I’ve never committed a crime or an act of violence (excluding childhood scraps with my brothers). But I’ve been a bad girl, and a good girl. I’ve made mistakes and been the victim of the mistakes of others. Nowadays, all I want to be is a balanced and free woman – not an easy goal, for someone like me. As I’ve grown older I have used meditation more and more as a way to stabilise, deal with my many issues and let go of pain so that I (hopefully) don’t operate in the world in such a way as to bring harm or suffering to others, or to myself. As an emotional empath too, I must use meditation to continuously let go of psychological junk. I firmly believe in forgiveness, both of others and of self, and for absolutely taking responsibility for ones own feelings and consequent actions. Meditation helps me practice these beliefs in my own life. I want to channel all my drama into creative writing, not live the train wreck – not anymore. I want peace.
Perhaps that’s why the film resonated with me. Honest transformation inspires and moves me, deeply. The fact that a murderer can change should give us hope that the problems of humanity aren’t insurmountable. But it also points to the fact that personal transformation is a journey that usually begins with a choice, which, ultimately, can really only be undertaken at an individual level. When someone “gets” this, though, dives in and does the confronting, difficult (but ultimately freeing) inner work to face their own demons, damage, grief, and find grace, the transformation can be astounding. This is not a purely selfish undertaking. The ultimate goal of such work, if approached sincerely and practiced continuously, is to be a more peaceful, loving, functional human being in the world. To be less hostile, judgmental, and negative. To transform and overcome every negative human emotion: anger, resentment, jealousy, self-pity, rage, bigotry, etc. in order to avoid manifesting this internal garbage as negative intentions, actions and words.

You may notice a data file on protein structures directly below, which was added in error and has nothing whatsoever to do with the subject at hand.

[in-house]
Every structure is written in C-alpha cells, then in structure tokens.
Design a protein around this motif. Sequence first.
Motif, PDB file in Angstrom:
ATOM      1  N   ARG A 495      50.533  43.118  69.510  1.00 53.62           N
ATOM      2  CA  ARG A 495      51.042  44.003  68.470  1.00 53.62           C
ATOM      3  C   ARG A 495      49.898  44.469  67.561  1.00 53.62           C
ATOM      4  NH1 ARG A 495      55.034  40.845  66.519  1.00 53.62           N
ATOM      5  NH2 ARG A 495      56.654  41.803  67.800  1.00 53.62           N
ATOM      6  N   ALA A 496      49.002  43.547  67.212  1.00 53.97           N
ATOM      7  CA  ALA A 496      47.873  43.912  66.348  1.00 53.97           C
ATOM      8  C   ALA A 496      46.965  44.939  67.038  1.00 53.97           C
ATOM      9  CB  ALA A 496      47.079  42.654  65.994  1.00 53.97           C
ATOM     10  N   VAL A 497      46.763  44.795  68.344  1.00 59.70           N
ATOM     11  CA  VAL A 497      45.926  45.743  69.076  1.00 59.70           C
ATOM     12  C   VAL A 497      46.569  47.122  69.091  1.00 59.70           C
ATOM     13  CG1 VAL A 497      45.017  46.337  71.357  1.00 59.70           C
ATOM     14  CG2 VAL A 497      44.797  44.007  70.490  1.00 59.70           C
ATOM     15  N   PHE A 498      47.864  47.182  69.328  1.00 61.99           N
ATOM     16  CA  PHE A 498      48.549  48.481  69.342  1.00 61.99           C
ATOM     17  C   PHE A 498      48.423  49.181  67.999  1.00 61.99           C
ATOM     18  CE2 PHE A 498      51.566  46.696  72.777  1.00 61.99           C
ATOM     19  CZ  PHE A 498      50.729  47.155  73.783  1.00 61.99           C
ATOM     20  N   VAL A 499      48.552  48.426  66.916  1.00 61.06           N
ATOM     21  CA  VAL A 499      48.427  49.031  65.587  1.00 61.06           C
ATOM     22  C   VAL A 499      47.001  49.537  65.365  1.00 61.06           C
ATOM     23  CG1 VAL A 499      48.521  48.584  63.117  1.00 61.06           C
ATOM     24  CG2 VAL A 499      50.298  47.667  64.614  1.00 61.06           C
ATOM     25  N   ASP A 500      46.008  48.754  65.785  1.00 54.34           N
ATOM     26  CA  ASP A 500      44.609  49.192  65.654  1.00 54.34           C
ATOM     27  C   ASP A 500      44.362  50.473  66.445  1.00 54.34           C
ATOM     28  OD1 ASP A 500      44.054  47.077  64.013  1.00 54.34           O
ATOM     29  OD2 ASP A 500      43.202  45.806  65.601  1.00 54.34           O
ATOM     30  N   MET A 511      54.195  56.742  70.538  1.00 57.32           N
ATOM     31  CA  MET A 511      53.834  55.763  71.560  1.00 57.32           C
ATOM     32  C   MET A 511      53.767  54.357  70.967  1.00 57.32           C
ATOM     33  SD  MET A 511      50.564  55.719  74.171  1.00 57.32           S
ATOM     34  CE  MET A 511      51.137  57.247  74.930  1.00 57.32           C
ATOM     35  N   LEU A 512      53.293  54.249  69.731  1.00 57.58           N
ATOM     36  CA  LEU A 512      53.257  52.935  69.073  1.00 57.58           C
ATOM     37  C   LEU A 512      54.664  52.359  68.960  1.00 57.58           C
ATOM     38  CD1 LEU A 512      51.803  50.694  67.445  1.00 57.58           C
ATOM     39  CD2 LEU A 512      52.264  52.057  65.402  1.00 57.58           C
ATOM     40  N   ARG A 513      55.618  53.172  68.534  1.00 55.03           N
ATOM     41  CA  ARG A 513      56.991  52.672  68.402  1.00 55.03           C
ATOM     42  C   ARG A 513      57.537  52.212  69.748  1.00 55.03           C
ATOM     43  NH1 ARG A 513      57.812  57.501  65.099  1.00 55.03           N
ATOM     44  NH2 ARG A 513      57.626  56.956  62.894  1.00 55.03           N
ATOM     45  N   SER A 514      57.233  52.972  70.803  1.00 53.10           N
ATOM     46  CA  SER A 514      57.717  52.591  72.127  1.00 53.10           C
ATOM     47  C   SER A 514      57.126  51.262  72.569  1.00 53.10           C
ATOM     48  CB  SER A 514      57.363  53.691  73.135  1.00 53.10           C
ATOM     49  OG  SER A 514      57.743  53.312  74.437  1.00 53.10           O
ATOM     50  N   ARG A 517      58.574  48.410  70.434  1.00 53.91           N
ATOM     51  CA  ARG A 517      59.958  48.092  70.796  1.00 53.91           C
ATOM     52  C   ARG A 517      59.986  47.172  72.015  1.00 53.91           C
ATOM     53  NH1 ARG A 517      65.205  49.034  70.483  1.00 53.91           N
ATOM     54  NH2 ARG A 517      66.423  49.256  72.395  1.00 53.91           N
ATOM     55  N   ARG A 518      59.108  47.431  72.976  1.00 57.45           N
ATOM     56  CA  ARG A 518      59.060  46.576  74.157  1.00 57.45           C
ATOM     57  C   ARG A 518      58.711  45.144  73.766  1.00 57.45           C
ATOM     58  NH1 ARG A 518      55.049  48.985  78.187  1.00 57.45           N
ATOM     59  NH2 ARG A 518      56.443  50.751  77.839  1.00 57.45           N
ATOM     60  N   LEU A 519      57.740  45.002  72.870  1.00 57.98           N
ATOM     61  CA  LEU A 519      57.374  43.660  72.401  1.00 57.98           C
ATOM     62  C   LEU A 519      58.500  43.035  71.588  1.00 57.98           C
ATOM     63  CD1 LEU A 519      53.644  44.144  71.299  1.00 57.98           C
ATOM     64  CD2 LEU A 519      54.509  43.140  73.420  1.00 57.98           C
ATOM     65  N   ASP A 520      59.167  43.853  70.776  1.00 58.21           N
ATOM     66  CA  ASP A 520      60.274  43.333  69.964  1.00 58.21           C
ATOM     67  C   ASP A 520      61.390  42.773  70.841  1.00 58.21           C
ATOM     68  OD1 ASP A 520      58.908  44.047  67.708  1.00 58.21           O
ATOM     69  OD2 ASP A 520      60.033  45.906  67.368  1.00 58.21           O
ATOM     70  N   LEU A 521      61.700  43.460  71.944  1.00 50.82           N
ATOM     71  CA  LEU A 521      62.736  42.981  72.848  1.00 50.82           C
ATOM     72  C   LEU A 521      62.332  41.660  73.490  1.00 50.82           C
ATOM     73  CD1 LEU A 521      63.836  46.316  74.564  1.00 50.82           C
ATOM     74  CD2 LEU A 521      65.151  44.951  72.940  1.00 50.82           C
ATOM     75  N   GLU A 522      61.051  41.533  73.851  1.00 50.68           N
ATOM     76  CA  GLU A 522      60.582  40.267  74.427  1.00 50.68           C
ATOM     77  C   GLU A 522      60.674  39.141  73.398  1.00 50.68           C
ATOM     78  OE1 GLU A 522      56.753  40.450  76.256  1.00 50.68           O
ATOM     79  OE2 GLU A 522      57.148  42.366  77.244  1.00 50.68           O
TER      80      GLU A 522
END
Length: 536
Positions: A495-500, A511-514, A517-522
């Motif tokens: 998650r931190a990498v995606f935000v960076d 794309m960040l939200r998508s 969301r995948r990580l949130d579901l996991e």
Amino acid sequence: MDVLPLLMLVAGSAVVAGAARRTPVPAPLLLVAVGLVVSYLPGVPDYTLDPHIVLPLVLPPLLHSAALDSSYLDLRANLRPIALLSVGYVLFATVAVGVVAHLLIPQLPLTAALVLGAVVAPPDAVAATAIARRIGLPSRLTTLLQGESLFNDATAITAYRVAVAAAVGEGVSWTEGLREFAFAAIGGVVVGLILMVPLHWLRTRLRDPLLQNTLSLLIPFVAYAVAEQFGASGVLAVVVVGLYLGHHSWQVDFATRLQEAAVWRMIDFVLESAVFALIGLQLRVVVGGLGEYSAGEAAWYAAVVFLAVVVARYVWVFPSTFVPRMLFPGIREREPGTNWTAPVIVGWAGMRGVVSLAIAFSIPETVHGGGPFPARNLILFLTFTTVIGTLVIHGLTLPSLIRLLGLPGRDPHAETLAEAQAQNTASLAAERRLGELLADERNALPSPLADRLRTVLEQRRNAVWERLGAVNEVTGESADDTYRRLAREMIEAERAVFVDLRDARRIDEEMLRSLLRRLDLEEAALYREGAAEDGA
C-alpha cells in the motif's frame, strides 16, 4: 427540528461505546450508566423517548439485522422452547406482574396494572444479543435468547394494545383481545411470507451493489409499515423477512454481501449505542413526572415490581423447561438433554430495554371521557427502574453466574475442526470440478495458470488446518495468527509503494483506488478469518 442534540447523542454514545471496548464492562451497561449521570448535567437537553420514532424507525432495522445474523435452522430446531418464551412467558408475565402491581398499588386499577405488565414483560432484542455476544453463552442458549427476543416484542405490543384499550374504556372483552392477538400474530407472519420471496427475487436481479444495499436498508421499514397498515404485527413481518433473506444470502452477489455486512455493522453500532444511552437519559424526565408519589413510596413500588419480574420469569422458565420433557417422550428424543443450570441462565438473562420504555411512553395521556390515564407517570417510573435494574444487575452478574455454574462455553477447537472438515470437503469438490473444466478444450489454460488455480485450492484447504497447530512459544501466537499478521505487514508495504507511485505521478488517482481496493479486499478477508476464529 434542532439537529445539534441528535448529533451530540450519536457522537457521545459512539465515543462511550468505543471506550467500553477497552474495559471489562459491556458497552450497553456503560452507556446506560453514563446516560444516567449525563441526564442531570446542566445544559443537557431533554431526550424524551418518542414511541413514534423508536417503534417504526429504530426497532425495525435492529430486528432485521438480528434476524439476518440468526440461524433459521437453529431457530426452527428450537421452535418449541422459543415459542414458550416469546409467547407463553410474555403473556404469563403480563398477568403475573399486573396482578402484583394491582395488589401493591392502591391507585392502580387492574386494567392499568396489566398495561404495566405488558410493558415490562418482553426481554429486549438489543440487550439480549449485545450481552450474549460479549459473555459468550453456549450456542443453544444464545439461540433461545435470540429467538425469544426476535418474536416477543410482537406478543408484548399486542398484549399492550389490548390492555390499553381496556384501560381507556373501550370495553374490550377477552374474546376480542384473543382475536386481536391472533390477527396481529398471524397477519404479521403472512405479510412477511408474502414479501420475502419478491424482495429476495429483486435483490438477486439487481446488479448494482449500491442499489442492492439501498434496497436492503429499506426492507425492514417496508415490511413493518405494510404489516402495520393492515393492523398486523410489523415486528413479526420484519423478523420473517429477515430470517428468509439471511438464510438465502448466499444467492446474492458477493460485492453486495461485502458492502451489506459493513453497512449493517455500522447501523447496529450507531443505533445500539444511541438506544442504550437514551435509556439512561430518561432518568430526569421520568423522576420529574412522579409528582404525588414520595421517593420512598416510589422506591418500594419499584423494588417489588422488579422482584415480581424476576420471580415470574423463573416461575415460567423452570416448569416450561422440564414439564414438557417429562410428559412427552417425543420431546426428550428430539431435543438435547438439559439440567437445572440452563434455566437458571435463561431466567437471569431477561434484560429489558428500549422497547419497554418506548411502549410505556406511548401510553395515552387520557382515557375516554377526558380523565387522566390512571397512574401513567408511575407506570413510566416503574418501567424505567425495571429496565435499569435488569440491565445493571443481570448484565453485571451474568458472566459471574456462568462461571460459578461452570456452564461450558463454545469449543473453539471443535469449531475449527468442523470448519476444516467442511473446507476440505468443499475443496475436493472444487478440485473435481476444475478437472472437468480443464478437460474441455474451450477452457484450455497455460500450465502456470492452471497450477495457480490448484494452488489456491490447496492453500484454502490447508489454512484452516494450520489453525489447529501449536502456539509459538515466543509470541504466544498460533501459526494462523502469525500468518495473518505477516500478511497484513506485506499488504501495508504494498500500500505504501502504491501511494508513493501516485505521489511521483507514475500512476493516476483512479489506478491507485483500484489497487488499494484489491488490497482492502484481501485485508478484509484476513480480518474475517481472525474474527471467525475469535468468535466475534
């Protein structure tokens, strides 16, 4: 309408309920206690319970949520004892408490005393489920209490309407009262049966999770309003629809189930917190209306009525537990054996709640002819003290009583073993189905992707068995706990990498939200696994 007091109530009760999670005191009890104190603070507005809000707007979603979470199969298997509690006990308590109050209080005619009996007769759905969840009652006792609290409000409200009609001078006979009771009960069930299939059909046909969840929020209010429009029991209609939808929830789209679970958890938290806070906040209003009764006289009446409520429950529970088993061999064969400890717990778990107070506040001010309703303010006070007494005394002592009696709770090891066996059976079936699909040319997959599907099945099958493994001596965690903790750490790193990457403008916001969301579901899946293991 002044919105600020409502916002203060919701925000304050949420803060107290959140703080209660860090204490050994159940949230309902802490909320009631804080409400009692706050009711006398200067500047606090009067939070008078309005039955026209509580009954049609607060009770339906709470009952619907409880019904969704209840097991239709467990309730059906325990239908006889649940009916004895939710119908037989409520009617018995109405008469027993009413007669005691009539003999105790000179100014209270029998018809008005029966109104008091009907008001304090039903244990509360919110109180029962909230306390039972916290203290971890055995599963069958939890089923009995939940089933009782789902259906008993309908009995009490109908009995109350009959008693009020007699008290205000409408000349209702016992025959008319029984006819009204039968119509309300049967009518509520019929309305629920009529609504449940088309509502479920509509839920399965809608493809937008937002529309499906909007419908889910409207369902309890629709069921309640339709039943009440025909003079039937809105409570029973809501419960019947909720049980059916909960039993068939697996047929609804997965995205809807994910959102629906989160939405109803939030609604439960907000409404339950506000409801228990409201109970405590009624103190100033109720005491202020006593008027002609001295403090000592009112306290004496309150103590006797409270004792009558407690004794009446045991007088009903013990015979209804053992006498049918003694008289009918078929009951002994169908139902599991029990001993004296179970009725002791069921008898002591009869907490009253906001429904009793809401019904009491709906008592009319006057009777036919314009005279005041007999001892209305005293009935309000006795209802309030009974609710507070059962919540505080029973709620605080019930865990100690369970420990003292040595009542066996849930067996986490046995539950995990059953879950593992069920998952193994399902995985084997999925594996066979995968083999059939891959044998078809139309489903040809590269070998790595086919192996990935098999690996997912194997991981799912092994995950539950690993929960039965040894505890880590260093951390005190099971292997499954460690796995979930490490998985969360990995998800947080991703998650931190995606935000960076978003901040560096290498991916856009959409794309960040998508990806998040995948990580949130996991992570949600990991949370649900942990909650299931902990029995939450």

Making peace within is thus not separate from peacemaking in the world – it is a crucial part of it. In this imperfect place full of imperfect actions and consequences, with all the physical and verbal violence inflicted on us and by us, it is understandable that some need to work harder at making this peace than others. Given the effect this will likely have on their actions in this world, it is perhaps wise to let them do that work.